In this episode of Leadtail TV’s “CounterPoint B2B,” Christine Crandell and Jennifer Davis solve a marketing mystery.
“Can we have a plan? I’m not trying to sound sarcastic, but can we at least have a plan?” That’s Christine Crandell, president of consulting firm New Business Strategies, talking to CounterPoint B2B host Steve Mann about the saddest marketing tragedy of all time:
The death of the marketing strategy.
Brands used to strategize, and it was incredible. They had a game plan, an action plan, a master plan, or at least some kind of plan. Think of the campaign rollouts of the ’80s and ’90s that lasted months, and sometimes years. Marketers squished their values, goals, and objectives into a single comprehensive blueprint that influenced everything that came afterward: Messaging, methodology, merchandise, monitoring.
It worked like a charm.
Flash forward to now, and there’s no forethought. No foresight. No nothing. Brands rely on marketing tactics, but there’s no strategy. It’s as if marketers live by Nike’s famous motto: Just Do It. (And think of the consequences later.)
All this has Christine scratching her head:
“Do we know what we’re gonna do in three months? Six months? So you’re going to do a campaign. OK. What’s the deadline? Who’s going to work on it?”
Benjamin Franklin said: “If you fail to plan, you’re planning to fail.” But perhaps Christine says it better: “Have a plan. Have metrics.”
It’s not rocket science. If you don’t have a solid plan in place with metrics and a clear delegation of duties, your marketing tactics will die a slow death.
So plan to have a plan.
The Fall of the Marketing Strategy?
Christine, a self-described “customer service prima donna,” thinks brands chose tactics over strategy sometime around 2000.
Short-term economics suddenly replaced long-term strategic vision. CEOs cared more about quarterly earnings reports and venture capital benchmarks than meaningful campaign rollouts.
There was a focus on money over marketing. No momentum. No longevity.
“The exit strategy wasn’t to build a large organization that’s healthy or contributed to society, but to sell a feature to Google for 7x.”
Perhaps the dot-com boom reflected the tilt toward tactics. Or the start of the startup. Whatever the reason, a new marketing model emerged built on profit, not policy. And that marketing model was very much green.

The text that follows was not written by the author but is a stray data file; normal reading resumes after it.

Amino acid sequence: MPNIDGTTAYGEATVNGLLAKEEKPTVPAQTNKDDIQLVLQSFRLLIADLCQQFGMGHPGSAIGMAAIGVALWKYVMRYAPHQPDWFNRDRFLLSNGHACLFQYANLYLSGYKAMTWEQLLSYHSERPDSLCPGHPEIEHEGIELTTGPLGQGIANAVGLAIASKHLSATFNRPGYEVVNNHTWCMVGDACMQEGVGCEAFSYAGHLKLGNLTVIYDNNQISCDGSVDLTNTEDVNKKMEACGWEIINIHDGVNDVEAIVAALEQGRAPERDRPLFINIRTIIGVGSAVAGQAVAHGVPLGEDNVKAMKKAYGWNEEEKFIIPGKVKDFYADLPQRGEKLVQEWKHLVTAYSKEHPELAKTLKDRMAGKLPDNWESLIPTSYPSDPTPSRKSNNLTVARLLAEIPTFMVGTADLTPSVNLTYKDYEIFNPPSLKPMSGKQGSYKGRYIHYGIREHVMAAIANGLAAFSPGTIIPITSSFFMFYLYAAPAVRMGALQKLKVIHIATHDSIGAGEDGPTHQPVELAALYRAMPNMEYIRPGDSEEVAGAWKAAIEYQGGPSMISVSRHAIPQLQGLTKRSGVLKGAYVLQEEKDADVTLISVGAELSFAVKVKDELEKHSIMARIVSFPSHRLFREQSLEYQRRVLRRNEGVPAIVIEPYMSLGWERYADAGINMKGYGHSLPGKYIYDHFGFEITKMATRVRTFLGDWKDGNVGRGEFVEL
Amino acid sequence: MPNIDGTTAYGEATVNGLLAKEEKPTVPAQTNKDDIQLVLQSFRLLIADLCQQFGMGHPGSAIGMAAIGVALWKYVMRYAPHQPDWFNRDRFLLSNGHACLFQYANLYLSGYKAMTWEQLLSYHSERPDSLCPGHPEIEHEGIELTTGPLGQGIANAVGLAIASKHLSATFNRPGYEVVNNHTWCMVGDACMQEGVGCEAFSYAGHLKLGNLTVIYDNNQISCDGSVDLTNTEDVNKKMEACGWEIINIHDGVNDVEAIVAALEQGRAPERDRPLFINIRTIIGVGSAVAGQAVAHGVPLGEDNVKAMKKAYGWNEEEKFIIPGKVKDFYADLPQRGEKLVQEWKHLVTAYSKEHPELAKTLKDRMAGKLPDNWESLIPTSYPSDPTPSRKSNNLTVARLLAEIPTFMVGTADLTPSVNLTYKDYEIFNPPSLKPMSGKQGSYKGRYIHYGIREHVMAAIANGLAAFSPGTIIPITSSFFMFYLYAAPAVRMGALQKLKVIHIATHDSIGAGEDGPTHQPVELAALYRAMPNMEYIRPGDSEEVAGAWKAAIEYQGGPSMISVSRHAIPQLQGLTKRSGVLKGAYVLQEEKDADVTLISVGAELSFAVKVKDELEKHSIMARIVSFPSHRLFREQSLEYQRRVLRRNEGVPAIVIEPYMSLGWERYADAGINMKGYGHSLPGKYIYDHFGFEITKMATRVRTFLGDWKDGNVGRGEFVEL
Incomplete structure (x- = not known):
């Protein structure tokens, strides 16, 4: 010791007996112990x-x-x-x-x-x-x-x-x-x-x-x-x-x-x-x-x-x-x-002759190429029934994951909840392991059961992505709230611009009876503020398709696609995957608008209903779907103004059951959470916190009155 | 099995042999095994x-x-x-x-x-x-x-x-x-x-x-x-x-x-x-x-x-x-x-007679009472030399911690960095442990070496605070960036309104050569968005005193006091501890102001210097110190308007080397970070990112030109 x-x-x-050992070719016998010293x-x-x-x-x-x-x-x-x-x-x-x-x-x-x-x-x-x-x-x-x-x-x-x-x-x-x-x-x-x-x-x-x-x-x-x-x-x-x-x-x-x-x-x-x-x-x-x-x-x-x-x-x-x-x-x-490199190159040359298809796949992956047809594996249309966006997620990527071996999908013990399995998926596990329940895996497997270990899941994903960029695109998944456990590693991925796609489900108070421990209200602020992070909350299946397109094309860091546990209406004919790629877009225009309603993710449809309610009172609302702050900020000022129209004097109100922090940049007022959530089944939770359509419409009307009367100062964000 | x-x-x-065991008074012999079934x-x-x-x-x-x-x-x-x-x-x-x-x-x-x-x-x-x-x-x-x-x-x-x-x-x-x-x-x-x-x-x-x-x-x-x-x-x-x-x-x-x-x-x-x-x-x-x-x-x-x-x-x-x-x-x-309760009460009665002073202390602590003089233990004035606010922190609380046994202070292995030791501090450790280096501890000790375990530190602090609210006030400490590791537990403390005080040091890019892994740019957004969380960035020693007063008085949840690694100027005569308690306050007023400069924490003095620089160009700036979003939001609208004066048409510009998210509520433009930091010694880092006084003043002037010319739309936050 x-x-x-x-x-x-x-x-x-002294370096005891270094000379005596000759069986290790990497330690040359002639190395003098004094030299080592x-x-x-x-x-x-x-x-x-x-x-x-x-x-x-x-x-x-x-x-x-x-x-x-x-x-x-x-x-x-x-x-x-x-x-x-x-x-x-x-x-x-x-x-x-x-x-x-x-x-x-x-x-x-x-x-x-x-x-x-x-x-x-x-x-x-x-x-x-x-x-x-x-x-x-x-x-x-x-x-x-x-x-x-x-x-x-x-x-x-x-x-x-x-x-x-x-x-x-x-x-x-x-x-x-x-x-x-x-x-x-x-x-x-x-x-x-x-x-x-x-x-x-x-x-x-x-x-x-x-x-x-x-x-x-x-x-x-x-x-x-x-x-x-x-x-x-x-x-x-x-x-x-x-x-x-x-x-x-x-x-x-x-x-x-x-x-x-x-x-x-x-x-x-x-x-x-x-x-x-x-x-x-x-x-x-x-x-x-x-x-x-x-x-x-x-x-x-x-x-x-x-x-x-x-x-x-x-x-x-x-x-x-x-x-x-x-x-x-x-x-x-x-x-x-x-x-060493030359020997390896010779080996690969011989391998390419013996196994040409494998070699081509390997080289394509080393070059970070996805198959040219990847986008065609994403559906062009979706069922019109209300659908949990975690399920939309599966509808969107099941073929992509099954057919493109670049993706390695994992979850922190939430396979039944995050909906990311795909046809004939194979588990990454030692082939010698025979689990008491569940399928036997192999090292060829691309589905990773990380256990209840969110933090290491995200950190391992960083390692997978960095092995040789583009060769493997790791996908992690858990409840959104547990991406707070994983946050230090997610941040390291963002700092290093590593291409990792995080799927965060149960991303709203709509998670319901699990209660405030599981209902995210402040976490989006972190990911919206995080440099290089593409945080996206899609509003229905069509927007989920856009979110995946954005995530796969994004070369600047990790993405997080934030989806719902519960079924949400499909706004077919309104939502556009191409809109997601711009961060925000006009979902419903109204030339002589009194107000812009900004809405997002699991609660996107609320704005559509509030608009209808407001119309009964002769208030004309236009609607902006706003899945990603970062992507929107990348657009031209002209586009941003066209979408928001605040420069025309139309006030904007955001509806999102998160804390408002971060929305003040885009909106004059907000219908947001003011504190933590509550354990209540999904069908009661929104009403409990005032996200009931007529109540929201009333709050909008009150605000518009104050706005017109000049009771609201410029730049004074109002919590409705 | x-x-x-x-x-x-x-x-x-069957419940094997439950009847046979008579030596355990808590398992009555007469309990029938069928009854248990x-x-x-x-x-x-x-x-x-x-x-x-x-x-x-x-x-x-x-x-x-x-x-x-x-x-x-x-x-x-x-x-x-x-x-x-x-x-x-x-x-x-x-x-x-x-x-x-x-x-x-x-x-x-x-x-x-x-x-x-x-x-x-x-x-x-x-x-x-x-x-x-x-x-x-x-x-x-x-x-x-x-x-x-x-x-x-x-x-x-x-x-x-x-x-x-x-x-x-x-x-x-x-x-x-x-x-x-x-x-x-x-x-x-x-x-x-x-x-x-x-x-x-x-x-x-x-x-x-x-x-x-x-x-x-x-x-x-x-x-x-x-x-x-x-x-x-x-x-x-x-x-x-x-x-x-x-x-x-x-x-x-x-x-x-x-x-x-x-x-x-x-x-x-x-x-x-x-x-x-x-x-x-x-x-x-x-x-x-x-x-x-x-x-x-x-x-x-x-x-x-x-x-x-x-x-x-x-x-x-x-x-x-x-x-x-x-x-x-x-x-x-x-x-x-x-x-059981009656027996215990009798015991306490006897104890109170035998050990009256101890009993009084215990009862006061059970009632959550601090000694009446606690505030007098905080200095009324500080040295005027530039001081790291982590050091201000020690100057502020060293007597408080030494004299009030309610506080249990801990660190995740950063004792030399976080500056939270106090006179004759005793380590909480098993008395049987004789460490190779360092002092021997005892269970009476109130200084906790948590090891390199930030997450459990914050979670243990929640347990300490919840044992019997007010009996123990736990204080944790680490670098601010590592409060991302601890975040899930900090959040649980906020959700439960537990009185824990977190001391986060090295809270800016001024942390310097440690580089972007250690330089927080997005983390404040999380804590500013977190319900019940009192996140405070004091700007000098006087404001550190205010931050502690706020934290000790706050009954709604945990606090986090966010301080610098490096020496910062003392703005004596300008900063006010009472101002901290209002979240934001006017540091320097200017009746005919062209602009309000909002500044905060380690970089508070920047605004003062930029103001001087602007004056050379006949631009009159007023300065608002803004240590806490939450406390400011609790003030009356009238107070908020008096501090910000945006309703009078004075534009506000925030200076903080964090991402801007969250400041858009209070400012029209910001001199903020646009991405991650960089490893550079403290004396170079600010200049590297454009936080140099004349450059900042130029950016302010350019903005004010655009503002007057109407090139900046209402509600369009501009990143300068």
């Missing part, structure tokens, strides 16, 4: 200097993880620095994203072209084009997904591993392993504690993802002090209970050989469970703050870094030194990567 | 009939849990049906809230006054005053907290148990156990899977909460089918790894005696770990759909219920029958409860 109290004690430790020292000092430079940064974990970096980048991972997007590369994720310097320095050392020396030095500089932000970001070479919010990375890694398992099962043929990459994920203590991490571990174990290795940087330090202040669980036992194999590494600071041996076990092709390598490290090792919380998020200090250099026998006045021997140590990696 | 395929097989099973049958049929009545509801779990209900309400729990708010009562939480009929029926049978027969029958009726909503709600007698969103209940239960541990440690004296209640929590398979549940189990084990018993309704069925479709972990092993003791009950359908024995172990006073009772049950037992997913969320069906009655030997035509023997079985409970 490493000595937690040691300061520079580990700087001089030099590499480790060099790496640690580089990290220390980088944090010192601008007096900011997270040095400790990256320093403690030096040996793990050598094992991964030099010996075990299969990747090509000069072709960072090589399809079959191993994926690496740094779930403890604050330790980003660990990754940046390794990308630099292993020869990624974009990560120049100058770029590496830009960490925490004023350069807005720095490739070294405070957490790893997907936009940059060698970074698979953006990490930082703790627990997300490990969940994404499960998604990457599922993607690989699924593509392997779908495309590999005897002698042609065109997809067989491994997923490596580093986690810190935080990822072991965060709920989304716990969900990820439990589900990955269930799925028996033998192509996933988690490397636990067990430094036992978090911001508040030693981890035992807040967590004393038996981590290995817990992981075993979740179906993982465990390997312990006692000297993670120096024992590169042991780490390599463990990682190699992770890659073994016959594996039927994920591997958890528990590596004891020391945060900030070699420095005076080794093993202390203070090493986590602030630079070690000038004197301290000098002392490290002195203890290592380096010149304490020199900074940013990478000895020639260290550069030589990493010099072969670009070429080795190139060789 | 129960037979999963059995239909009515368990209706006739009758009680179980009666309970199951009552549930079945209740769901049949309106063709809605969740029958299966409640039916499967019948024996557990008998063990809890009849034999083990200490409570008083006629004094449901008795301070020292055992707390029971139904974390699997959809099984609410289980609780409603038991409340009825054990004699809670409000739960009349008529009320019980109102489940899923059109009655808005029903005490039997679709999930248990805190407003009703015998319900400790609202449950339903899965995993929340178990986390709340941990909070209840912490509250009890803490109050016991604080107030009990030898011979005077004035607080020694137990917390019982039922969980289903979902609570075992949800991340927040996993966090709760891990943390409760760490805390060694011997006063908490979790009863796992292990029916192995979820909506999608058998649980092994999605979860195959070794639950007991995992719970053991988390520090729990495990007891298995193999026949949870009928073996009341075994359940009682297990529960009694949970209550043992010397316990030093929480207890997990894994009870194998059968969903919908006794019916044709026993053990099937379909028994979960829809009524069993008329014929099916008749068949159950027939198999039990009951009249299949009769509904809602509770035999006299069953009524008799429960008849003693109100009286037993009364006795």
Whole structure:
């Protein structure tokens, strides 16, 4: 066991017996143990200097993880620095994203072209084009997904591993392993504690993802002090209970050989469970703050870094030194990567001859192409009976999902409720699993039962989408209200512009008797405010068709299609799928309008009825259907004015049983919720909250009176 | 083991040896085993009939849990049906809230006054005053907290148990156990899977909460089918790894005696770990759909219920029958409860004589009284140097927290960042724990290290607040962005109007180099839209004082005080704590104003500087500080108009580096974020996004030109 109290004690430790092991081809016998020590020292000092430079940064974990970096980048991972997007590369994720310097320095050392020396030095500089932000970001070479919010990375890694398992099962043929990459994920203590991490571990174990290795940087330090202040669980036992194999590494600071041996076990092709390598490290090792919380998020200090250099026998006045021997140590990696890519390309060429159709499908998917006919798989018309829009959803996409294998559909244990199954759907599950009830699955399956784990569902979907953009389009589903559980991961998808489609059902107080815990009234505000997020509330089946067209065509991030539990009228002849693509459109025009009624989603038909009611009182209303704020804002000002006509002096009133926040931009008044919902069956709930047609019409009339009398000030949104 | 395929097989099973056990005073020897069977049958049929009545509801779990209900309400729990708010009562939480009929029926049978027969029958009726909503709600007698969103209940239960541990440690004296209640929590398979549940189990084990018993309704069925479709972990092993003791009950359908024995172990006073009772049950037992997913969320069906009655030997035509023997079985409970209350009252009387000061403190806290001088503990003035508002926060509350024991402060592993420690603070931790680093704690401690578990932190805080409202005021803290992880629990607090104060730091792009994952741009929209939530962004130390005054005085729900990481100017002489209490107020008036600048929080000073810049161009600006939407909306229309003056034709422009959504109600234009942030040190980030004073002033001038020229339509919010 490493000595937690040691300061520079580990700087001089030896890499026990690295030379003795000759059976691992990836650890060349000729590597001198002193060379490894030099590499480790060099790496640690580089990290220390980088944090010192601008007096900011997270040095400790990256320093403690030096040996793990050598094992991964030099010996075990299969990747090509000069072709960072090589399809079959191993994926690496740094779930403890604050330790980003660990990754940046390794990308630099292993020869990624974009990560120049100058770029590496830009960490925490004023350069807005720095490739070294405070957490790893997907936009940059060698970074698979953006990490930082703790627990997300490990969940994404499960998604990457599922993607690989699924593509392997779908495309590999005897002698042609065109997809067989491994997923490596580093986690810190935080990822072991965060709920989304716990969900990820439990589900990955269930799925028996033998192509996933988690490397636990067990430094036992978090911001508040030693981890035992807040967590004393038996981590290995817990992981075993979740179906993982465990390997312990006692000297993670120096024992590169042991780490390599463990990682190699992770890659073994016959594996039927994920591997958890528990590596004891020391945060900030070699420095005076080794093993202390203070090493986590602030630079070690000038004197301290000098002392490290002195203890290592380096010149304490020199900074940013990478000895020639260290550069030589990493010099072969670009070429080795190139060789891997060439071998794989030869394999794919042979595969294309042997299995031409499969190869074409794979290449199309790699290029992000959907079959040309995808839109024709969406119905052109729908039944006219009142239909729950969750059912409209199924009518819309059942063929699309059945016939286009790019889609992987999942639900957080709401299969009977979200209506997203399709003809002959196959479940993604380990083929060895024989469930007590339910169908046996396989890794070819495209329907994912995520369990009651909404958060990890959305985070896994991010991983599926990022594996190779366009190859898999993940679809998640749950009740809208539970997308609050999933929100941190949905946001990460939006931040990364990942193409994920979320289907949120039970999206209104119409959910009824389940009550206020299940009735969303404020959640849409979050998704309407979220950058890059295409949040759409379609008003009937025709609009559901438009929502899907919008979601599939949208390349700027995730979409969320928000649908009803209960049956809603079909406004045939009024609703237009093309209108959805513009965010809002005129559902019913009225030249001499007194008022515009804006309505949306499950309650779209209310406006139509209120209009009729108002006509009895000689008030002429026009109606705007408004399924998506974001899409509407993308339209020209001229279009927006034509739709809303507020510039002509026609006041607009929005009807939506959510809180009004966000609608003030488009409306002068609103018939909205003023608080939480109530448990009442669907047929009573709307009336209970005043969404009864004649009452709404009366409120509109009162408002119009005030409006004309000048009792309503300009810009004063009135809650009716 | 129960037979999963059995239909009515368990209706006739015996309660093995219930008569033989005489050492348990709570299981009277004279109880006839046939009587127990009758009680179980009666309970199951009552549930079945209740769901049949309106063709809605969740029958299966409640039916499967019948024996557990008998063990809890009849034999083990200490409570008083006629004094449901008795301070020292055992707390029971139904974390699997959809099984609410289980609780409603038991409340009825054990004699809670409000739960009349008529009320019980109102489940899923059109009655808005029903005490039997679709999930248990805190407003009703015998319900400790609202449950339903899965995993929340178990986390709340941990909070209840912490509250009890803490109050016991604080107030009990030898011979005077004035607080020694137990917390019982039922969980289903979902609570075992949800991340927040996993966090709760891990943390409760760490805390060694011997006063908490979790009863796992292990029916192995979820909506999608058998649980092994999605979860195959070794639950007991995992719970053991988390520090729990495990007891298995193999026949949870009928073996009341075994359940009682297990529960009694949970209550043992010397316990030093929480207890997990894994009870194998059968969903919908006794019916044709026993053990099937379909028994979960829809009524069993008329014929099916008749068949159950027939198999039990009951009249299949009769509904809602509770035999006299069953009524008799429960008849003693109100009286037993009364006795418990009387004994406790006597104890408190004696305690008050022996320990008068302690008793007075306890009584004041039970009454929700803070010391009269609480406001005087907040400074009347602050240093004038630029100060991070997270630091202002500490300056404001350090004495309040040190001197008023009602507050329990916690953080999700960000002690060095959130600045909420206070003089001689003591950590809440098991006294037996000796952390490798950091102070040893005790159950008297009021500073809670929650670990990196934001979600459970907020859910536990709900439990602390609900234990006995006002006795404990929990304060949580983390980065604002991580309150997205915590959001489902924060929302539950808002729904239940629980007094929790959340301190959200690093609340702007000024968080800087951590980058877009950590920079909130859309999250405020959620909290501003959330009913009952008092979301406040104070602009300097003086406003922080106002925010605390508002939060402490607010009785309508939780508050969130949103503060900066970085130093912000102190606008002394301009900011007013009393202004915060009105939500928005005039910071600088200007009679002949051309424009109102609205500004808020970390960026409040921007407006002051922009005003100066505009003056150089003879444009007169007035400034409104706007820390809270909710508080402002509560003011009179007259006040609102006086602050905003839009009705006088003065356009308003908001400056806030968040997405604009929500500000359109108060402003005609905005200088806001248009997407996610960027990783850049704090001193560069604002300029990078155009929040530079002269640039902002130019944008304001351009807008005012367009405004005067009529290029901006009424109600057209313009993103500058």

Jennifer Davis, head of product marketing for AWS Training and Certification, agrees:
“There was an adage of ‘Follow the money.’ In a world where companies were going public and had to position themselves as long-term investments, the conversation changed.”
Jennifer thinks there’s another suspect: A focus on innovation rather than stability.
“The idea that organizations need to learn faster, satisfying the needs of the customer faster, and innovate faster leads to a different management style, different internal communications, and different priorities.”
Is it this that killed the marketing strategy?
“This trend means a lot of B2B leaders across the C-suite don’t actually understand marketing. They don’t have an appetite for strategic marketing.”
There are other theories. In the report “Developing Future Strategy: Long-Term Thinking for Marketers,” Econsultancy hypothesizes why marketers don’t think long term anymore:
- They’re too busy.
- They don’t know the business exists.
- They don’t have data.
- They don’t think creatively.
- They don’t communicate their thinking.
- They lack the correct processes.
There doesn’t seem to be one culprit. The death of the marketing strategy continues to be a whodunnit — or a whatdunnit.
Will the Marketing Strategy Rise from the Ashes?
Once B2B brands rediscover the value of strategic planning, they can align their values, goals, and objectives again.
- To have, at the very least, a short-term plan. This quick-fix won’t replace long-term strategizing, but it’s a start. “You need step one before you get to step two.”
- To look at your calendar. Set aside time for implementing your plan. Reschedule the unimportant stuff.
Then make everything you do more strategic.
“One, two, 10% more strategic than it was before. Often people look at a project or campaign and have such a biased reaction they forget to think big about it or give it more resources or momentum.”
So take a time machine back to 2000, when strategies focused on the long game rather than short-term economic success, and reinvent your current campaigns.
“If you want to be the agent of change in your organization, start with the projects already on your plate,” adds Jennifer. “Then do them differently.”
For more insights into marketing strategy versus tactics, watch Christine and Jennifer’s CounterPoint B2B episode here.